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Where Are They Now: Christine Quinn

Where Are They Now: Christine Quinn


After a disappointing defeat, the New York politician is back with a new cause to fight for: She wants you to vote for the Women's Equality Party


Photographed for Out100 2010

As New York City's City Council Speaker, Christine Quinn was called upon to make tough choices--on everything from MTA fare hikes, teachers' union strife, and whether to change mayoral term limits--and was New York's most high-profile, politically effective gay rights champion (she was last included in the Out100 portfolio of honorees in 2010). She married her wife Kim Catullo in 2012, published a memoir, and was the presumptive Democratic mayoral nominee who would be elected to follow Bloomberg's three terms in office.

So it was unclear what the next steps would be for Quinn after she placed third in the 2013 New York City mayoral race. Some predicted she would take a high-paying job as a consultant or lobbyist. But Quinn, who has always been an advocate and a fighter for the underdog (having learned at the side of other influential gay politicians such as State Senator Thomas Duane), laid low for a while and is only now.

Now, after she and others found themselves rebuffed when trying to get a bill passed on women's issues in the New York State legislature in Albany, she's lending her voice, and considerable political connections, to create a new political party in New York: the Women's Equality Party. "This party is about saying, 'We've had it, and we are going to organize to make women's issues front and center.' It's not OK to say that some New Yorkers are only 9/10th equal," she says. "We did it in 2009 when we lost the marriage equality fight: we defeated some Senators and others had a miserable summer."

Quinn explains that the basic tactic in politics. "When you don't win, you respond...They can't say, 'Boo,' and you run away in fear. This party is about demonstrating that."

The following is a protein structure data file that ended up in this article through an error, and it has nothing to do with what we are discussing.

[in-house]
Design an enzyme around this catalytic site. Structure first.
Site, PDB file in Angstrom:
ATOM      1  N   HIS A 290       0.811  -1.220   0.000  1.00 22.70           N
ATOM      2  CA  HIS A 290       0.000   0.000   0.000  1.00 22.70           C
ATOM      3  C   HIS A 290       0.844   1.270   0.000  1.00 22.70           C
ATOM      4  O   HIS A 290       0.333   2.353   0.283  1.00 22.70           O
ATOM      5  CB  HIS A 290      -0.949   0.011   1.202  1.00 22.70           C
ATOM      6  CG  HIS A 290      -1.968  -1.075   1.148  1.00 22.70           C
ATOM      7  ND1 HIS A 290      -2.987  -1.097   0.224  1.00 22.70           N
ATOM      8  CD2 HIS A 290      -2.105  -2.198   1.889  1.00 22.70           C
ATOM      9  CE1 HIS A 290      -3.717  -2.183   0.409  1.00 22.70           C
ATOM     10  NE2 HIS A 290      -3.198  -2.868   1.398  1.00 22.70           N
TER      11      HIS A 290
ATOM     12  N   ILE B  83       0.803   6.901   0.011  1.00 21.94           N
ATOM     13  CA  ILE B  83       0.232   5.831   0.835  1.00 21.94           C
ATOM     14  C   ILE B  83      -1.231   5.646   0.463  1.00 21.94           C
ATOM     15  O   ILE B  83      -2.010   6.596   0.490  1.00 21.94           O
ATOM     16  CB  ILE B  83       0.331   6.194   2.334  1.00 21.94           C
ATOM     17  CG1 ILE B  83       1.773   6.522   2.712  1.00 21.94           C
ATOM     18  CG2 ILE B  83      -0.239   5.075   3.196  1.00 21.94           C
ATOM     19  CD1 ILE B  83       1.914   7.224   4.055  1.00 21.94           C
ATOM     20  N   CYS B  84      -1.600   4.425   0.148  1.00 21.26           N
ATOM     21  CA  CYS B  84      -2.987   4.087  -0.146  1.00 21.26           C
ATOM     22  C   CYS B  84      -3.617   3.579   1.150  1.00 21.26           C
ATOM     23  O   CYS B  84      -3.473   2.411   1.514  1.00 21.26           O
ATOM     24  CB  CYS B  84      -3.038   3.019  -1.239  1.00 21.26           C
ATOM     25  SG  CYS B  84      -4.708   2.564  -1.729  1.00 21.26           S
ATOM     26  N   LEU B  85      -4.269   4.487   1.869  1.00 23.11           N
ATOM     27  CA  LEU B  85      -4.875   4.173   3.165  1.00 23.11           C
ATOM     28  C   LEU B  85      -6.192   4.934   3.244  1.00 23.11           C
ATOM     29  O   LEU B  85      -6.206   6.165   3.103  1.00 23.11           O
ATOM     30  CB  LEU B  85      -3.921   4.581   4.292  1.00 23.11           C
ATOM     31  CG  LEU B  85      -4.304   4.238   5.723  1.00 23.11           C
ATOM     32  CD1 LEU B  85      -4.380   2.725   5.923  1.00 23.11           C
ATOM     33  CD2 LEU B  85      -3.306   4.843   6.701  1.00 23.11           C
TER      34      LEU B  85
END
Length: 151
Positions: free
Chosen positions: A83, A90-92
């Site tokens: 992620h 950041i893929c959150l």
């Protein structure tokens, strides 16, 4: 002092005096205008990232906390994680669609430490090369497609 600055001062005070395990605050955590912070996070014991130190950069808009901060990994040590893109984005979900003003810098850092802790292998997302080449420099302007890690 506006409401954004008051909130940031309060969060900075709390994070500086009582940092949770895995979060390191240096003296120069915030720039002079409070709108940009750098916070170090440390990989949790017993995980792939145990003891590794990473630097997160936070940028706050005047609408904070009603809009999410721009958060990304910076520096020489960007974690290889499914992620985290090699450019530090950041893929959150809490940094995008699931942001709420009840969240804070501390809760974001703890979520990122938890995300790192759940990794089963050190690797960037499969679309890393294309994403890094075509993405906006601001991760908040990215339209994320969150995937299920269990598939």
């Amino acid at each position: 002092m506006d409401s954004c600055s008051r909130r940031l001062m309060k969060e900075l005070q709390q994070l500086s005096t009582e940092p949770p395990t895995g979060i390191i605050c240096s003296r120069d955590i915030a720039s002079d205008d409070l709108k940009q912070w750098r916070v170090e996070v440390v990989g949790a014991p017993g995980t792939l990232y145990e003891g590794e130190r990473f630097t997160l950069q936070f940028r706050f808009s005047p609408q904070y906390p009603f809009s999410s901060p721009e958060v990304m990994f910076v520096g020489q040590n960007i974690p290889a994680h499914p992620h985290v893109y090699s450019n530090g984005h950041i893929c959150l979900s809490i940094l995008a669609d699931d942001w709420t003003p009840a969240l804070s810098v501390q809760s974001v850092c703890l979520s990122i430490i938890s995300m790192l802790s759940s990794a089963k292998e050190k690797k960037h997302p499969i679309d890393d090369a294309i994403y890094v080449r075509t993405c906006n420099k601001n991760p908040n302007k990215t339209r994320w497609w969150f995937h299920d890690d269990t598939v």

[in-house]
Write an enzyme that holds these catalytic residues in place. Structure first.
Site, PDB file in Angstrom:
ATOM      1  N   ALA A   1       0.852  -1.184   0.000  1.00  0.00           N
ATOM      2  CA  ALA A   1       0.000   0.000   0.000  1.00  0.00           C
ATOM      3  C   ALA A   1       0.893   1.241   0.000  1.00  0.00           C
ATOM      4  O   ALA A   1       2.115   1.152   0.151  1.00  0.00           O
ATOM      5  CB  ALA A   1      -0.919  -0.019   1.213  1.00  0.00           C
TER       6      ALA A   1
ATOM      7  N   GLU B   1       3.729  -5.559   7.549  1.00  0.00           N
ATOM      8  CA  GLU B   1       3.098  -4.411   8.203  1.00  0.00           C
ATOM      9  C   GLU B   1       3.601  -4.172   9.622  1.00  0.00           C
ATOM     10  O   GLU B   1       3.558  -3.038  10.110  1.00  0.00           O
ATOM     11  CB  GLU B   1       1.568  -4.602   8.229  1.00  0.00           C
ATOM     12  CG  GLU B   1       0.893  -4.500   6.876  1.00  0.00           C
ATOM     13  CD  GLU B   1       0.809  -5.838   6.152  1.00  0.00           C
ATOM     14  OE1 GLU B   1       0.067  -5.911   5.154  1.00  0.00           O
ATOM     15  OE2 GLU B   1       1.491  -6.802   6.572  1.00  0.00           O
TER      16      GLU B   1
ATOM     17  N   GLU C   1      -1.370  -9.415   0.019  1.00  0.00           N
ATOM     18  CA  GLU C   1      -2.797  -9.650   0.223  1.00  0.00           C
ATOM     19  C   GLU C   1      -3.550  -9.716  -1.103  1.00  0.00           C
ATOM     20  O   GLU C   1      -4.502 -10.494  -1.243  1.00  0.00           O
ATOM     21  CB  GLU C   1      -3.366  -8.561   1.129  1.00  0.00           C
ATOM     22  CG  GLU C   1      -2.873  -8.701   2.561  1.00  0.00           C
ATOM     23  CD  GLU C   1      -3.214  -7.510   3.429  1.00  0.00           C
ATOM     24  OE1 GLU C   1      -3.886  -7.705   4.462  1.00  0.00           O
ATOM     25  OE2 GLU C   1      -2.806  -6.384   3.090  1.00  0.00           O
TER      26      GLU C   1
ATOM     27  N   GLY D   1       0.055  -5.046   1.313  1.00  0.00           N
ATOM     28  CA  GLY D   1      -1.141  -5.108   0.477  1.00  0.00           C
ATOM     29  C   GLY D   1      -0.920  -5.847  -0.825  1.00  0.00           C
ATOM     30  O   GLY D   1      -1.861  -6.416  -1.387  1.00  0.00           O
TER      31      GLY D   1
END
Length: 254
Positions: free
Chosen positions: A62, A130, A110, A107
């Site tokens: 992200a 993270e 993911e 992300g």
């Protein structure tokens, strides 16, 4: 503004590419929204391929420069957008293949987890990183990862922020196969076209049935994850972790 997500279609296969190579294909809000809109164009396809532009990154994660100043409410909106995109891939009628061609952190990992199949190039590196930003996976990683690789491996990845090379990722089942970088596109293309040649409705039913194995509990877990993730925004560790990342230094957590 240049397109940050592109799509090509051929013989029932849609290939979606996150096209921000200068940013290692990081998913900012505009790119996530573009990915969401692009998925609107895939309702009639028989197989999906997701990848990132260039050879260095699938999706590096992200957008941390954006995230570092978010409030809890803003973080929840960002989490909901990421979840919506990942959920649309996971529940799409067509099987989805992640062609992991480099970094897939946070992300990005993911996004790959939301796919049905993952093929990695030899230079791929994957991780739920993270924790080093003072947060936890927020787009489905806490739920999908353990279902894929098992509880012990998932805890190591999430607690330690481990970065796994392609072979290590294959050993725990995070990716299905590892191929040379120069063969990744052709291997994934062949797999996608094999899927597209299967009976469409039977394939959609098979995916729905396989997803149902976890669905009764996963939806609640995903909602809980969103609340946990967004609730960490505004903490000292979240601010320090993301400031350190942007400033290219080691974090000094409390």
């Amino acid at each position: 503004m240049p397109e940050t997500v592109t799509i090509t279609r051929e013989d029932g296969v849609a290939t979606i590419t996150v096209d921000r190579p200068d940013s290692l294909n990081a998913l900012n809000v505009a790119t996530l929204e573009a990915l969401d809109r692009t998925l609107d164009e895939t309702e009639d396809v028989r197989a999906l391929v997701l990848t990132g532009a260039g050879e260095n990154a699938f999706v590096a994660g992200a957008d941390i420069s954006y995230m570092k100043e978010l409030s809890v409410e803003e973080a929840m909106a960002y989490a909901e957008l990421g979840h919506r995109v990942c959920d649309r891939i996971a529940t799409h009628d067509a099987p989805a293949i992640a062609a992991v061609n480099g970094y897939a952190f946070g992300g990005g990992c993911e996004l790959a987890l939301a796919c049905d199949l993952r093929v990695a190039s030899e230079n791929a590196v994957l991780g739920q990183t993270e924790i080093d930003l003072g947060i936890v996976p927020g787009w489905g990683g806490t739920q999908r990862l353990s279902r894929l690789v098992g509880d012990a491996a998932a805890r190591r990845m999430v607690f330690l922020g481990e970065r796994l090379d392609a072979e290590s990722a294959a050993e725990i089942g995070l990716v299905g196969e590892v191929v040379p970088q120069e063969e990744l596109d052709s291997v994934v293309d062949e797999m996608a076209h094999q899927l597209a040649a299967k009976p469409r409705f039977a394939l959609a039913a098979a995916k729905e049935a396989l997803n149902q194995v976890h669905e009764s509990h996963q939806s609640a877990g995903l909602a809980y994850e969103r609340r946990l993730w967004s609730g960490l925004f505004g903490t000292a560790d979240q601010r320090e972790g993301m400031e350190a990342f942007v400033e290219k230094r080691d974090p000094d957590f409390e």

To become an official political party in New York, one has to have 50,000 people vote on your party line on the ballot (for more information visit That's why Quinn is urging voters on Nov. 4 in the midterm election to vote for candidates on the Women's Equality Party line rather than the Democratic (there are no Women's Equality Party candidates that are Republicans).

Other than this new agenda, Quinn has also joined the board of the Tyler Clementi Foundation and Athlete Ally. "Basically I'm torturing executive directors," she quips. With her newfound role as an advocate and institutional supporter, Quinn remains optimistic about her political future as well as progress being made toward equality for minorities.

She affirms that the day marriage became legal for same-sex couples in New York "It was a perfect day," she says. "I wish people who were against marriage could see that: Kim and I, we both lost our mothers when we were girls. Both of our fathers are in their eighties, and they both got to be there, to walk their daughters down the aisle. My brother in law, Kim's eldest brother, he died of cancer the following december. If the bill hadn't passed when it did, none of that would have happened. That's what marriage is about: weddings, having these moments when families get to be together and have days that are perfect."

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